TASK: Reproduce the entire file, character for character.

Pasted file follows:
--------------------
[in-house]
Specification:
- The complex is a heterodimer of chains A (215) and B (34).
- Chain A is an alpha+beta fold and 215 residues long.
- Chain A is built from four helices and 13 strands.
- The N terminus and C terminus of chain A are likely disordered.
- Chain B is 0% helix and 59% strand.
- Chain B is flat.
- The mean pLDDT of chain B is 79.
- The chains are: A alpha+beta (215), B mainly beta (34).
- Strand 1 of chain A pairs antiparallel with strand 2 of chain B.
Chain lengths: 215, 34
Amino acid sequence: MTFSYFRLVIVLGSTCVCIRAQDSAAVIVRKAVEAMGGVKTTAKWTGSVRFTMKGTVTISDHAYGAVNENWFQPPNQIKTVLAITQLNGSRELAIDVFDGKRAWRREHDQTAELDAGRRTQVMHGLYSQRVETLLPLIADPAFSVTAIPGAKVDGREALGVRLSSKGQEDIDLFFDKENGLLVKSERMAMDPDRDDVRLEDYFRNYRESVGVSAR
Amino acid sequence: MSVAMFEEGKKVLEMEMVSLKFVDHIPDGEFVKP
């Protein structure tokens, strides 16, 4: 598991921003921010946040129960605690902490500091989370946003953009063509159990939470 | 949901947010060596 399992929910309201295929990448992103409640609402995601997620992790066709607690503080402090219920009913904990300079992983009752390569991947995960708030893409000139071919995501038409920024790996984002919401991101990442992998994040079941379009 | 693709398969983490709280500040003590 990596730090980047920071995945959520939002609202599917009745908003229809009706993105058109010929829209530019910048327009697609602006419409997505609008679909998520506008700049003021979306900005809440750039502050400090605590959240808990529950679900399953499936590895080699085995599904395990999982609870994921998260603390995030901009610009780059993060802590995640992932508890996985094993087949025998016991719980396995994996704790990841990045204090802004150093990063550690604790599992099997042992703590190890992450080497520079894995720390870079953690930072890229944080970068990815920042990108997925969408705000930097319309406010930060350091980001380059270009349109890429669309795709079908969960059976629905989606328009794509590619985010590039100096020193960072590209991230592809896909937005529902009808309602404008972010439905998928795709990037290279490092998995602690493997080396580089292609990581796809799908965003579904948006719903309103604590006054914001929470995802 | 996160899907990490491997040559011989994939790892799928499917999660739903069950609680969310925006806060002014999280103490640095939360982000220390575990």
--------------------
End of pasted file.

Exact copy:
[in-house]
Specification:
- The complex is a heterodimer of chains A (215) and B (34).
- Chain A is an alpha+beta fold and 215 residues long.
- Chain A is built from four helices and 13 strands.
- The N terminus and C terminus of chain A are likely disordered.
- Chain B is 0% helix and 59% strand.
- Chain B is flat.
- The mean pLDDT of chain B is 79.
- The chains are: A alpha+beta (215), B mainly beta (34).
- Strand 1 of chain A pairs antiparallel with strand 2 of chain B.
Chain lengths: 215, 34
Amino acid sequence: MTFSYFRLVIVLGSTCVCIRAQDSAAVIVRKAVEAMGGVKTTAKWTGSVRFTMKGTVTISDHAYGAVNENWFQPPNQIKTVLAITQLNGSRELAIDVFDGKRAWRREHDQTAELDAGRRTQVMHGLYSQRVETLLPLIADPAFSVTAIPGAKVDGREALGVRLSSKGQEDIDLFFDKENGLLVKSERMAMDPDRDDVRLEDYFRNYRESVGVSAR
Amino acid sequence: MSVAMFEEGKKVLEMEMVSLKFVDHIPDGEFVKP
């Protein structure tokens, strides 16, 4: 598991921003921010946040129960605690902490500091989370946003953009063509159990939470 | 949901947010060596 399992929910309201295929990448992103409640609402995601997620992790066709607690503080402090219920009913904990300079992983009752390569991947995960708030893409000139071919995501038409920024790996984002919401991101990442992998994040079941379009 | 693709398969983490709280500040003590 990596730090980047920071995945959520939002609202599917009745908003229809009706993105058109010929829209530019910048327009697609602006419409997505609008679909998520506008700049003021979306900005809440750039502050400090605590959240808990529950679900399953499936590895080699085995599904395990999982609870994921998260603390995030901009610009780059993060802590995640992932508890996985094993087949025998016991719980396995994996704790990841990045204090802004150093990063550690604790599992099997042992703590190890992450080497520079894995720390870079953690930072890229944080970068990815920042990108997925969408705000930097319309406010930060350091980001380059270009349109890429669309795709079908969960059976629905989606328009794509590619985010590039100096020193960072590209991230592809896909937005529902009808309602404008972010439905998928795709990037290279490092998995602690493997080396580089292609990581796809799908965003579904948006719903309103604590006054914001929470995802 | 996160899907990490491997040559011989994939790892799928499917999660739903069950609680969310925006806060002014999280103490640095939360982000220390575990």